She shook her head, stopping me. “Please, let me finish. It went on for two years. One night you were sick with a fever.” She pursed her trembling lips, struggling with the words. “You were crying, and I couldn’t do anything to comfort you. Steve came home, drunk again. He flew into a rage when I couldn’t calm you down. He started yel ing at you, screaming to shut up, but you only cried harder.” She shut her eyes as she continued. “He hit you, hard.” I stared at my mother, horrified. How had I never known this?

“I ran to the neighbors and called the police.” She took in a shaky breath. “They arrested him, and while he was gone, I packed up all of our things. We moved in with my parents in Texas. After the divorce, I didn’t hear from him for two years. Then he called and told me he hadn’t had a drink in all that time. He said he’d messed up, that he regretted everything he’d done. He knew it was too late for us. I was already married to Mark and expecting your sister by then. But he was asking for contact with you. At first I’d refused, but he started sending money and notes from his therapist to show proof he’d changed. He never gave up, and when you were five, I started all owing him to come for supervised visits.”

She shook her head in what appeared to be regret for making that decision.

“Then he married Cheryl, and they moved to Dal as to be close to you. You started spending the weekends there and everything seemed so much better.” She grimaced as she looked at me, her face washed in guilt. “When Cheryl left him, he wanted you to move with him to Colorado. I never once considered that he might start drinking again. He had been a near-perfect father to you all those years. It never even crossed my mind until I smell ed it at the hospital when he’d dragged me outside and demanded I take you home with me.” She appeared ashamed as she looked down at her empty coffee cup. “Suddenly, I was right back in that smal house where I’d lived in fear with him, terrified and feeling as though I could do nothing but what he said.” The tears fel harder, and I sniffled, wiping my nose with the back of my hand as my heart broke for my mother. “Al this time I blamed you as much as I blamed him.” I shook my head, still reeling from her story. “Why now, Mom? Why did you wait all these years to tel me something I should have known all along?” Every emotion she seemed to be holding in burst, and she cried out in desperation. “Because I hated myself. I went through so many years of depression after you left. So much guilt, especially for not tel ing you Daniel had come to Texas. That’s why I stayed away from you. I didn’t believe I deserved to have a relationship with you after what I’d done. Mark convinced me to get help about a year and a half ago. I went on medication that helped me to think more clearly, but it was the counseling that made the difference.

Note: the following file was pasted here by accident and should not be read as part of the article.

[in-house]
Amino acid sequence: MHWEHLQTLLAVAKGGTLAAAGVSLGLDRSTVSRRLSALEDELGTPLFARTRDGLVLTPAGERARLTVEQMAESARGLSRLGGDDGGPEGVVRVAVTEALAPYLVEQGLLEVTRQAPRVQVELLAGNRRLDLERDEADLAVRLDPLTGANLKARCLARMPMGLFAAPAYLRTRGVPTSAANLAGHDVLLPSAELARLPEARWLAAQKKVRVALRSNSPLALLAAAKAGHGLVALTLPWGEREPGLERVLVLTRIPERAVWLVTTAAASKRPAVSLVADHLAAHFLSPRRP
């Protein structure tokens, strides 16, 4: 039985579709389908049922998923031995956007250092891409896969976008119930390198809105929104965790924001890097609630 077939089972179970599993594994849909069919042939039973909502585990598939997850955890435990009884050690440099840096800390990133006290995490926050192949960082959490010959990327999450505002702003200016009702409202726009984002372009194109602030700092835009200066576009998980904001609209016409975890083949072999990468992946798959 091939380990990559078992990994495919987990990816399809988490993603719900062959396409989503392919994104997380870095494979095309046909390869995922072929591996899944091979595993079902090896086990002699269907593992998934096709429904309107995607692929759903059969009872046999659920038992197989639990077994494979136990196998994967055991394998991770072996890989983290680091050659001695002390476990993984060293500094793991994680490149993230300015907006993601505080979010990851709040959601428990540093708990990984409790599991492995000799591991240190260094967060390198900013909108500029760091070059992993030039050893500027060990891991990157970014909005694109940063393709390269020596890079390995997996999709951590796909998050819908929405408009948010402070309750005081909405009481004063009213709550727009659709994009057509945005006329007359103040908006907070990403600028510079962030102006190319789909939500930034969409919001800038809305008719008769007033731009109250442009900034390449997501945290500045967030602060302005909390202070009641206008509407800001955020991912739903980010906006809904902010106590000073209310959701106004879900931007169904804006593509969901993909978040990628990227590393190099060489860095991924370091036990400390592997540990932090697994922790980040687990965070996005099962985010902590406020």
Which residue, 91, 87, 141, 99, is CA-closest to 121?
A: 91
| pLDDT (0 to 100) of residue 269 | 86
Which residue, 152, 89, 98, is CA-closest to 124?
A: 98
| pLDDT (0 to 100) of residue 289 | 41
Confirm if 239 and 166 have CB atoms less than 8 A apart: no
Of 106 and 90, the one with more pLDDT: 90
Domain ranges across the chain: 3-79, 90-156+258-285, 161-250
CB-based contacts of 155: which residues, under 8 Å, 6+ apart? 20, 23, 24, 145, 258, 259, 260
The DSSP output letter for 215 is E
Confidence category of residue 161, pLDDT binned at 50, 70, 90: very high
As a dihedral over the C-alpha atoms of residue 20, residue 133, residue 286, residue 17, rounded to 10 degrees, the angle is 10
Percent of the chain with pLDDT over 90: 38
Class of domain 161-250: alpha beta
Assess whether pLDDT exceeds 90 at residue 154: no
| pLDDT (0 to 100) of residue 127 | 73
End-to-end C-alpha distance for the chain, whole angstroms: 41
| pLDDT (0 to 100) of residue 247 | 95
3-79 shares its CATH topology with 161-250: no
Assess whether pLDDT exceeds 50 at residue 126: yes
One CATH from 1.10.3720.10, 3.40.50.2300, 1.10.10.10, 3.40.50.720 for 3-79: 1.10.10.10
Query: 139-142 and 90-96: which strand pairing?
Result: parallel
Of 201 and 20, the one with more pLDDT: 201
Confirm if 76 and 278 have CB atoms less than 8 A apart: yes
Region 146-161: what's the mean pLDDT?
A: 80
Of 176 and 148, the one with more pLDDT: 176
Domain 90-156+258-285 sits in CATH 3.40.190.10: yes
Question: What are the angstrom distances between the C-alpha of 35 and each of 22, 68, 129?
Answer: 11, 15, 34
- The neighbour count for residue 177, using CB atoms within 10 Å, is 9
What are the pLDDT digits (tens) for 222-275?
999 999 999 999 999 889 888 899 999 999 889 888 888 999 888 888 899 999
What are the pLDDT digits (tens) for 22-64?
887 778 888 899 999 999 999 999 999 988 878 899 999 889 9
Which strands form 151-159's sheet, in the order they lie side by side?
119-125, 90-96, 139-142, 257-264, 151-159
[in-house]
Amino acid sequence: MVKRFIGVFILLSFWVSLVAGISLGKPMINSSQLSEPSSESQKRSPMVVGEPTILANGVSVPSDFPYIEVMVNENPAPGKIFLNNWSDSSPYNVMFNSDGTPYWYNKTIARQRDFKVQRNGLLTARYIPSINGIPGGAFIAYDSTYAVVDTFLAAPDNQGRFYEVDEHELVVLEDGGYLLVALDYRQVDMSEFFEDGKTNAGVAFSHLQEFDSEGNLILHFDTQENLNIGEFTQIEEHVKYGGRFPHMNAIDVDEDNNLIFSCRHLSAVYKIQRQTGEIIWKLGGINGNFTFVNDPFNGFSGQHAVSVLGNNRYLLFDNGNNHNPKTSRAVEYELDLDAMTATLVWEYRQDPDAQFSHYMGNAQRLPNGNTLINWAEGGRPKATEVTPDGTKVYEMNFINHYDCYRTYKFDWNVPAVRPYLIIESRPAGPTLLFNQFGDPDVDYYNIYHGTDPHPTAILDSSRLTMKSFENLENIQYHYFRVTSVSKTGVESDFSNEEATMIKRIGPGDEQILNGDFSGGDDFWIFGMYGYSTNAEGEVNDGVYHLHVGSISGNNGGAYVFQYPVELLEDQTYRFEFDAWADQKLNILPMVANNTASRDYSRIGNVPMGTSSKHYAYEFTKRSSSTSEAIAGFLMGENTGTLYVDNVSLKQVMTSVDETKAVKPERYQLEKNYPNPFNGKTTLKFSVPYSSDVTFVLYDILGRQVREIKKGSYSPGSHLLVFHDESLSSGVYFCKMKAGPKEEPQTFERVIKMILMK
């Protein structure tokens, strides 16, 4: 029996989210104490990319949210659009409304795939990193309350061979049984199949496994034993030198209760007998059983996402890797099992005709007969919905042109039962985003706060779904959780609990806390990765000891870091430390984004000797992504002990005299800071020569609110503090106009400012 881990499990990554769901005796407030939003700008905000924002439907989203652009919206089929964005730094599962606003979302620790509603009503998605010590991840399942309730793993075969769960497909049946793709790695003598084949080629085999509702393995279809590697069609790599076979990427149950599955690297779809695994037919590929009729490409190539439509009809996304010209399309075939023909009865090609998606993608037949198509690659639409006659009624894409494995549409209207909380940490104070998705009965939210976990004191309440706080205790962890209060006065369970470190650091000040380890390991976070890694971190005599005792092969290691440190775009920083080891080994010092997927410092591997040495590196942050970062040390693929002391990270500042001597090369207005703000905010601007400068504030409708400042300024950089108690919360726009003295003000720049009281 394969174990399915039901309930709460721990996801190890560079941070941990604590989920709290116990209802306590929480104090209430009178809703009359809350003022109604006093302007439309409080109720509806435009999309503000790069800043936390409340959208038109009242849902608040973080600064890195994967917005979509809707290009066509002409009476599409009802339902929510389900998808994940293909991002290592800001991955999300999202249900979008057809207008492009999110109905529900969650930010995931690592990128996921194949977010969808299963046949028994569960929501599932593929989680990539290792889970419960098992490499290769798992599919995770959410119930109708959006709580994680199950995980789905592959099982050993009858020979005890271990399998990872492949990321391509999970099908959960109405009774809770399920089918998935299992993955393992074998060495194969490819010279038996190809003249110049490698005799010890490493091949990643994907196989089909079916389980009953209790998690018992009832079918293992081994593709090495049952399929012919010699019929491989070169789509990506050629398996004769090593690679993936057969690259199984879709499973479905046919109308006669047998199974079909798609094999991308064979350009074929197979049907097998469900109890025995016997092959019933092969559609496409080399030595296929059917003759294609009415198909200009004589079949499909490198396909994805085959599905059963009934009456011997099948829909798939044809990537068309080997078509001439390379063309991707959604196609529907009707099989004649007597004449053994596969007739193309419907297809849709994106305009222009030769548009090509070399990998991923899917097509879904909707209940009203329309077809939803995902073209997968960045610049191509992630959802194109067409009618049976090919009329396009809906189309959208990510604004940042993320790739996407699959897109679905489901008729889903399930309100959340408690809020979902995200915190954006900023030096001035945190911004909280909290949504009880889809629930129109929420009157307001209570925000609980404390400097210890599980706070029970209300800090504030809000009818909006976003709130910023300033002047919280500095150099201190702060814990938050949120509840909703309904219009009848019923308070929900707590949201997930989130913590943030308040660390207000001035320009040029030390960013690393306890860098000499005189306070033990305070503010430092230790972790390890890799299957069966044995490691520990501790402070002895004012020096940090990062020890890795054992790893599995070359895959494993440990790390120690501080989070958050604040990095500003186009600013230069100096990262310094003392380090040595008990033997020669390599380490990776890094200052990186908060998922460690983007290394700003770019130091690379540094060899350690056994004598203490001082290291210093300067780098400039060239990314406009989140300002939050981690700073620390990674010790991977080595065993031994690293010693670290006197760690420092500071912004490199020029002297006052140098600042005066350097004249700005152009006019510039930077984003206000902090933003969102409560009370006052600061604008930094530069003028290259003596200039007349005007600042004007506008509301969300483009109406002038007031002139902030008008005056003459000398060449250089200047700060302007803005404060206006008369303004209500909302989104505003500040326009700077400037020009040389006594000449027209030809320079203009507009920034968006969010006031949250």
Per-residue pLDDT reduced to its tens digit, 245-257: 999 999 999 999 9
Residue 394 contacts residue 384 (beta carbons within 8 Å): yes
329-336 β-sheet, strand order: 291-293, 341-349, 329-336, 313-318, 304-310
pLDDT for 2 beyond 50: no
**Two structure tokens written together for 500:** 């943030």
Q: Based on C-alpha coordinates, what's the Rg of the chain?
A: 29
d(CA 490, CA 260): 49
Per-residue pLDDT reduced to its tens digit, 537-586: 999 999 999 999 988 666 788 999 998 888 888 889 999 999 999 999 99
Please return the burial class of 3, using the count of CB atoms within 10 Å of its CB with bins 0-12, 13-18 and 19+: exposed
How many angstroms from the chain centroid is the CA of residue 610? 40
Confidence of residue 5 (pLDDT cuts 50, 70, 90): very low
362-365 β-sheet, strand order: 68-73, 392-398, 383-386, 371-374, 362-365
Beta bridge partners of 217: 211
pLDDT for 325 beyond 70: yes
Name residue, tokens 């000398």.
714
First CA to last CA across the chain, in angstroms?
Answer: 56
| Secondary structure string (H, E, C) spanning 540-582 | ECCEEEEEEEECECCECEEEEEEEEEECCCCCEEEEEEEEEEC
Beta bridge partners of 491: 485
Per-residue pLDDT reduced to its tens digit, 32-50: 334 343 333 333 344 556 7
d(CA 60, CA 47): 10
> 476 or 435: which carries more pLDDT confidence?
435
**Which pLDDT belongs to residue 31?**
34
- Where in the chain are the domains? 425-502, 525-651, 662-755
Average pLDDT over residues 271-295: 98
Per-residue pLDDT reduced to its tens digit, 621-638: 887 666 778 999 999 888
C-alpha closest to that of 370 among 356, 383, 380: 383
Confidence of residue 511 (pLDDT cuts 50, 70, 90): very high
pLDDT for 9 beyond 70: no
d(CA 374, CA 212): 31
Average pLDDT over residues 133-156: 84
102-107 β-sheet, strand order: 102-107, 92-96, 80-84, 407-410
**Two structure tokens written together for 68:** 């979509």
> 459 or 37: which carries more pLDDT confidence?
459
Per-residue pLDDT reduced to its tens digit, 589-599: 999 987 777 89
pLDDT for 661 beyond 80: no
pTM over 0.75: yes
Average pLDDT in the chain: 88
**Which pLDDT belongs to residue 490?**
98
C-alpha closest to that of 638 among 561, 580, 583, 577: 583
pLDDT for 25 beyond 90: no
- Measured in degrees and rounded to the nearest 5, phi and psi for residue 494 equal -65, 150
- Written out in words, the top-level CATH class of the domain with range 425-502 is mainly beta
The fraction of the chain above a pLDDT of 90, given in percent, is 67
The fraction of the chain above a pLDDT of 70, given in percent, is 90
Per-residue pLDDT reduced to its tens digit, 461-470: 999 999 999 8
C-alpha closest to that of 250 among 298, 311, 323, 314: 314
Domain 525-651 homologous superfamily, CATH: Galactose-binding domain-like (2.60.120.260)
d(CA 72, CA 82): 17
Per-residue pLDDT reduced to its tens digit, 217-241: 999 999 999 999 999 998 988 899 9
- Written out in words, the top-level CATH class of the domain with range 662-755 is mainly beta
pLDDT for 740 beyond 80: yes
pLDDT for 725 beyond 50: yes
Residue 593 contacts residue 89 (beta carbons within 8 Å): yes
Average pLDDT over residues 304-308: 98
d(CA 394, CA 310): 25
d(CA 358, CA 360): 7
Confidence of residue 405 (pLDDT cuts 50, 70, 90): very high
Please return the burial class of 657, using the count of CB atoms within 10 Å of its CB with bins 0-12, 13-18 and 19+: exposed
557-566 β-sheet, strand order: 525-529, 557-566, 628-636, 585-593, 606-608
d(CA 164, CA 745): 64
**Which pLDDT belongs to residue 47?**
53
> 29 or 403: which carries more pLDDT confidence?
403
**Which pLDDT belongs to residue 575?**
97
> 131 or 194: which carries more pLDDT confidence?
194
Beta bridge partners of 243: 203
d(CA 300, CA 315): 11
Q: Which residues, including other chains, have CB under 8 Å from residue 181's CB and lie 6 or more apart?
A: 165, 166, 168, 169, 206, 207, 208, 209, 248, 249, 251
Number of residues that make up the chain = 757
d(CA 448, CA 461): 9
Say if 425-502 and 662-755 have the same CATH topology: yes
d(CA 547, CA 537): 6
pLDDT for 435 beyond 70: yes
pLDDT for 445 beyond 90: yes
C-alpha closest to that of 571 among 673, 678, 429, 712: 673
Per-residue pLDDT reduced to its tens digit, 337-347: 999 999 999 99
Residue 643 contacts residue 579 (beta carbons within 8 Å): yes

The day I cal ed, I’d just been to see my therapist. I’d had a breakthrough, and I knew I had to at least try and make things right with you.”

Resting my elbows on the top of the island, I buried my head in my hands, trying to deal with this new past my mother thought she was protecting me from.

Instead, it had become a secret that had stolen the last nine years from both of us, and from Daniel as well.